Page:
24. Ida Bell Wells (July 16, 1862 – March 25, 1931) was an African American civil rights leader and a women’s rights leader active in the Women’s Suffrage Movement. Best known for her opposition to lynchings, Wells documented hundreds of these atrocities. It was not common for African American women to take such a stand, but Ida went against the grain and was a leader. Her participation in women’s suffrage parades, her refusal to stand in the back because she was black resulted in the beginning of her media publicity

  25. Misty McElroy started out as a “roadie” when she was 18 years old and went touring around with Grammy winning rock band and some smaller bands as well. McElroy is the director and founder of Rock n Roll Camp for Girls, which is about self-reliance for girls.

  26. Harriet Tubman (born 1820, March 1913) was an African-American abolitionist, humanitarian, and Union spy during the U.S. Civil War. After escaping from captivity, she made thirteen missions to rescue over seventy slaves using the network of antislavery activists and safe houses known as the Underground Railroad. She later helped John Brown recruit men for his raid on Harpers Ferry, and in the post-war era struggled for women’s suffrage. Tubman endured a great deal of physical and mental pain and suffrage as a slave but used those hardships to make herself a stronger person and help others so they would not endure the same unthinkable acts of slavery that she did.

  27. Wilma Mankiller is the former Principal Chief of the Cherokee Nation of Oklahoma. She was the first woman to lead the second largest and a major Native American tribe. It is to be said that her family name Mankiller was giving meaning a old military title that was given to someone in charge of protecting the people and the village. After being in a bad car accident were her best friend died, a year later was dianosed with myasthema grauvs, which is a chronic neromuscular diease.

  28. Elizabeth Cady Stanton (November 12, 1815 – October 26, 1902) was an American social activist and leading figure of the early woman’s movement. Her Declaration of Sentiments, presented at the first women’s rights convention held in 1848 in Seneca Falls, New York, is often credited with initiating the first organized woman’s rights and woman’s suffrage movements in the United States.
    Before Stanton narrowed her political focus almost exclusively to women’s rights, she was an active abolitionist together with her husband, Henry Brewster Stanton and cousin, Gerrit Smith. This is what i find awesome is that her husband was there to be an activist along side her. Stanton also addressed a lot of issues beyond just voting, she was concerned with women and poverty, custody, birth control and economic rights.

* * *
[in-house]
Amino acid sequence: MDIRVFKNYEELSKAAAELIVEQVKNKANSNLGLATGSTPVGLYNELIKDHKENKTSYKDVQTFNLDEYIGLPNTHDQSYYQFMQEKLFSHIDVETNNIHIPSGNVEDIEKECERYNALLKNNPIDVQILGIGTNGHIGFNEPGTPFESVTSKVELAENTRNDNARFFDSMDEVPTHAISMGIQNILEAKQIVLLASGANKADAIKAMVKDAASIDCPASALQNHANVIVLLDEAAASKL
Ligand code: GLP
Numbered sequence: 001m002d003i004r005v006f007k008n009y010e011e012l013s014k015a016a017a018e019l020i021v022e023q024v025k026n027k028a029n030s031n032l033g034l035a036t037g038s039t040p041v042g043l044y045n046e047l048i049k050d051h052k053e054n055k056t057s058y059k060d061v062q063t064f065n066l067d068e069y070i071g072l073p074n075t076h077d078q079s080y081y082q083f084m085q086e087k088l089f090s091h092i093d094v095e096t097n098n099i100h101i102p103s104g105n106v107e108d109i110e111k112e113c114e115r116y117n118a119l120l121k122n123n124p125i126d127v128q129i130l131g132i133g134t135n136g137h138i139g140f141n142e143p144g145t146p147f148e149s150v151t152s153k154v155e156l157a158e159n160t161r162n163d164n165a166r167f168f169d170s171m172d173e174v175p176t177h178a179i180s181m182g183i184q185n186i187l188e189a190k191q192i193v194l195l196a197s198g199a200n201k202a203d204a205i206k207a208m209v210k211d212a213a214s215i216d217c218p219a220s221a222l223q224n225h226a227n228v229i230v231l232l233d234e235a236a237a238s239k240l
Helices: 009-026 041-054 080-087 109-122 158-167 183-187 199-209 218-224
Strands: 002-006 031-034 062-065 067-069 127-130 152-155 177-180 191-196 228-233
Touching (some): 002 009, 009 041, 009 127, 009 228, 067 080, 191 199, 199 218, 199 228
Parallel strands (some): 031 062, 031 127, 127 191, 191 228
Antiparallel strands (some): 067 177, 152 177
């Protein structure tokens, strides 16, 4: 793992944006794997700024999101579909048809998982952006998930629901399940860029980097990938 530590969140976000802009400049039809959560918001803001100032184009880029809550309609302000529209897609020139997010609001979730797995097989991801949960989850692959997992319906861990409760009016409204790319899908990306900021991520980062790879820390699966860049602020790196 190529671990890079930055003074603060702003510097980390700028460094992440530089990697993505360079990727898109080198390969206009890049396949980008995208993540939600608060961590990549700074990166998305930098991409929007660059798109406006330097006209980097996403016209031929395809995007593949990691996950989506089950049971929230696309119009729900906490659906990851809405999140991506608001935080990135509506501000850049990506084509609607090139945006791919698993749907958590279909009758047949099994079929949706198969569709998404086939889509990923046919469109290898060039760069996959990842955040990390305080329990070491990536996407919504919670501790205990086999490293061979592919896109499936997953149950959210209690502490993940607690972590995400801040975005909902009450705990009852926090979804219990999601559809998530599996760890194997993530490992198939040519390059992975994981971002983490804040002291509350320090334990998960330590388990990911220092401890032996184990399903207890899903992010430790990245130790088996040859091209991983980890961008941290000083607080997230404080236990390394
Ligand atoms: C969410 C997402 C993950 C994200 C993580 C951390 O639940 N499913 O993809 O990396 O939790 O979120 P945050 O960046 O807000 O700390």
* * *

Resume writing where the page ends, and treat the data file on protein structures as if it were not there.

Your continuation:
29. […] saying Grannies count in anti-war efforts « A blog of our own on CoursesMargaret Hecht on Women who count: Post them hereKayla Mills on Women who count: Post them hereMargaret Hecht on Women who count: Post […]

  30. Margaret Chase Smith:Stood against biotry and injustice.
    One of many of Smith’s accomplishments is the “Declaration of Conscience” speech, which help end Joseph McCarthy’s “Mc Carthyism”.

  31. Angela Davis: One of many major accomplishments:
    As a political activist, Davis is involved in the Critical Resistance organization, which is “dedicated to building a movement to abolish the prison- industrial complex (U.S. prison system)”.

  32. Virginia Woolf was born Adeline Virginia Stephen on January 25, 1882 in London, England. She was educated by her parents. Throughout her life, she was sexually abused and suffered from severe mood swings; modern techniques have posthumously diagnosed Woolf with bipolar disorder. They both had influence on her works. She committed suicide on March 28, 1941 by drowning herself in the river by her home. During her lifetime, many of her works were published; both novels and essays. In the 1970’s, people began to analyze her literature from the feminist perspective. One of these “feminist” works is A Room of One’s Own (published in 1928) which was based on a series of lectures she gave at women’s colleges.

  33. Amy Tan was born February 19, 1952 and is an American writer of Chinese descent. Tan has written many books which she has won various awards for. Some of her most popular books include The Kitchen God’s Wife, The Hundred Secret Senses, The Joy Luck Club, and The Bonesetter’s Daughter, and her most recent book, Saving Fish From Drowning. Tan received her bachelor’s and master’s degree in English and linguistics from San Jose State University and is currently the literary editor for West, Los Angeles Times’ Sunday magazine.